Still, there is a sense of missed opportunity. Maybe there is nothing, ever, that can equal the recollection of having been young together. Maybe it’s as simple as that. [He] was the person [she] loved at her most optimistic moment.
— from The Hours, by Michael Cunningham
I heard a story the other day about someone whose brother got engaged to his high school sweetheart – the brother is in his 40s, and he and the woman had been out of touch for more than 20 years when they reconnected and fell in love again. I’m a sucker for stories like that, and it made me think of my first love. I’ve had three (what I consider) “real” relationships in my life – one in high school and two in college. None of them lasted longer than 10 months. I don’t know what that says about me. Since then (ages ago, if you must know), I haven’t dated anyone seriously. It’s kind of sad, actually. Anyway, I thought I’d do a little deconstructing of those three relationships and see what I come up with, and lucky you gets to come along for the ride.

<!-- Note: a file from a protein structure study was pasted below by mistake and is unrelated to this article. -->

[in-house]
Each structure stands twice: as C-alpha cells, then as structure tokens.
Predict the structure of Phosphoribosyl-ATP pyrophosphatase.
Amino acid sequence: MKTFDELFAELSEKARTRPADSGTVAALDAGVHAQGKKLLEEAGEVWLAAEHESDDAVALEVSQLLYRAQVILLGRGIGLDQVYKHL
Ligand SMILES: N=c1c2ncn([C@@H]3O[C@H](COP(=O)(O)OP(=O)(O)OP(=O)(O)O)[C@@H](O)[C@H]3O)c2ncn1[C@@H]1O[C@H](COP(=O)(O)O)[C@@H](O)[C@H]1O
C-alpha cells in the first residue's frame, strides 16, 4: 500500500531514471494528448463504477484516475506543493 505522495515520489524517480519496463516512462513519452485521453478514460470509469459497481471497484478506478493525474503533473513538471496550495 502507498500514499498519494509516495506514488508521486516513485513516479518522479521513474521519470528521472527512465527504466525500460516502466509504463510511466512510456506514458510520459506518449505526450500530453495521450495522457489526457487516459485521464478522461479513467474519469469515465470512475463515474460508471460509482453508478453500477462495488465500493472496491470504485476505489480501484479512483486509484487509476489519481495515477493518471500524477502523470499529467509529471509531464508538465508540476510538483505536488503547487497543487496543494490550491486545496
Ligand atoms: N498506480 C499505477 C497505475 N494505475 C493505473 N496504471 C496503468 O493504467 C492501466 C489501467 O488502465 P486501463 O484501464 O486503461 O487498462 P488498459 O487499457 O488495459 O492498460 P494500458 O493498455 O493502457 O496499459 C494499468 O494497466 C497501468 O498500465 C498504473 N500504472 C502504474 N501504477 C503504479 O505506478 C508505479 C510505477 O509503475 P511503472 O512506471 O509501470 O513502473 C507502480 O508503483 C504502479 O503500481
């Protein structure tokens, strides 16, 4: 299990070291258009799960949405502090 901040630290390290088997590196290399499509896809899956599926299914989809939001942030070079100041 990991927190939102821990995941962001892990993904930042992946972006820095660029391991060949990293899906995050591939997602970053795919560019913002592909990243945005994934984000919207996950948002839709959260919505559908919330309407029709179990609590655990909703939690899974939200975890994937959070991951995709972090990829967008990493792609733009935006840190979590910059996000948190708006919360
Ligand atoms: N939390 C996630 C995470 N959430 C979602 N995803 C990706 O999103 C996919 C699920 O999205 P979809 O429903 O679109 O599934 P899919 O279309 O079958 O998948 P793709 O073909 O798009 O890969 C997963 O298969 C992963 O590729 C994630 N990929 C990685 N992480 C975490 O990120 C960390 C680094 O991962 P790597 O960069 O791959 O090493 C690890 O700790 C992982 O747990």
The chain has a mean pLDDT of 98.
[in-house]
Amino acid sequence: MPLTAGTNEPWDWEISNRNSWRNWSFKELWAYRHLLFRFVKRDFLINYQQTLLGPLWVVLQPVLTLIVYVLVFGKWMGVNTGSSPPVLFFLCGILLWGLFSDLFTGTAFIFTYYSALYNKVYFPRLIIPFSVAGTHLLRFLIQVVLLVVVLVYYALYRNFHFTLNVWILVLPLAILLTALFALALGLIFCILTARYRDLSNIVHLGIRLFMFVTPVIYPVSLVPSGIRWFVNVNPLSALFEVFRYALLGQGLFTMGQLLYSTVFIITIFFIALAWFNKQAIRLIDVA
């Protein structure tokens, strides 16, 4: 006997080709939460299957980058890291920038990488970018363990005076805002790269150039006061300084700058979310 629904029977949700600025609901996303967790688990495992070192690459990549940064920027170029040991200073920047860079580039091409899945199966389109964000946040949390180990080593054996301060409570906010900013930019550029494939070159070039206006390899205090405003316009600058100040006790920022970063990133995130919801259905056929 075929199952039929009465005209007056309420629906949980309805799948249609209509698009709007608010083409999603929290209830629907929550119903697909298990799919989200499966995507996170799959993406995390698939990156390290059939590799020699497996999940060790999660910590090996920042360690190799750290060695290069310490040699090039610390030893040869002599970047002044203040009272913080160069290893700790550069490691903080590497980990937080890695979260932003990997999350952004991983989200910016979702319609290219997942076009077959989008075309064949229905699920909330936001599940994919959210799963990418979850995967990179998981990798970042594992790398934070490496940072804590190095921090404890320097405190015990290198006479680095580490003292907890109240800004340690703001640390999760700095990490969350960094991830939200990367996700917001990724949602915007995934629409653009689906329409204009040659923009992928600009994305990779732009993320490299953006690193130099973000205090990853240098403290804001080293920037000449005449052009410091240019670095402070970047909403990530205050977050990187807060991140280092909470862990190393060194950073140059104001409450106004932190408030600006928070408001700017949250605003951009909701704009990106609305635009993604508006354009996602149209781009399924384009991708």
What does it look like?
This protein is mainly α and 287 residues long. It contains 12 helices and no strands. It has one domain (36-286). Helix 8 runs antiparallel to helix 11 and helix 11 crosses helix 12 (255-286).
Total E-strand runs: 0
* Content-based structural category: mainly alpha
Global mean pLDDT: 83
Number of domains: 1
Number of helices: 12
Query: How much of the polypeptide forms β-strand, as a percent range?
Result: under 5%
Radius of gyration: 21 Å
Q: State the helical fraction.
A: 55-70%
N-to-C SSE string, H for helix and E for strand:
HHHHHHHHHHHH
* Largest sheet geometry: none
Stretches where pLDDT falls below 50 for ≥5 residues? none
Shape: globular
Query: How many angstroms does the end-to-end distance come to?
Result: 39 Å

So: J. We met when we were 16; we both worked at an amusement park during the summers, and he worked with my best friend. I don’t remember exactly how we met, but I remember that our connection was pretty immediate. We didn’t date right away, at least not officially, because by the time we met, there wasn’t much time left before I was leaving for Spain for four months. We intended to have “a two-week fling” (yes, that’s what we called it – what the hell did we know from flings), but at least on my end, I was head over heels well before the end of the two weeks.
We used to sit in his car in the parking lot after work, late at night, just talking for hours. I didn’t have my own car then, and my parents used to have to come pick me up when I was finished closing. I don’t know how many times I made them wait, or for how long, because J and I never wanted to leave each other. And I’m telling you honestly, for weeks, we didn’t do anything but talk. He’d never kissed anybody before, and I was not that much more experienced. We had our first kiss in the parking lot of the 7-Eleven across the street from the amusement park. It was a Tuesday. I remember what I was wearing and the date, too.
I was heartbroken when I had to leave for Spain. J came over the day before I left, and we spent the afternoon making out and saying goodbye (my mom was out of town, my dad was already in Spain, and my brother was at college). In the weeks leading up to my leaving, J would joke that I would meet a hot Spanish guy named Don Flamenco and fall in love and never come home. As I was walking back up to my house after leaving him at his car that day in September, he called my name. When I turned around, he said with a grin, “If you see Don Flamenco, tell ‘im I said hi.” It was kind of a movie moment.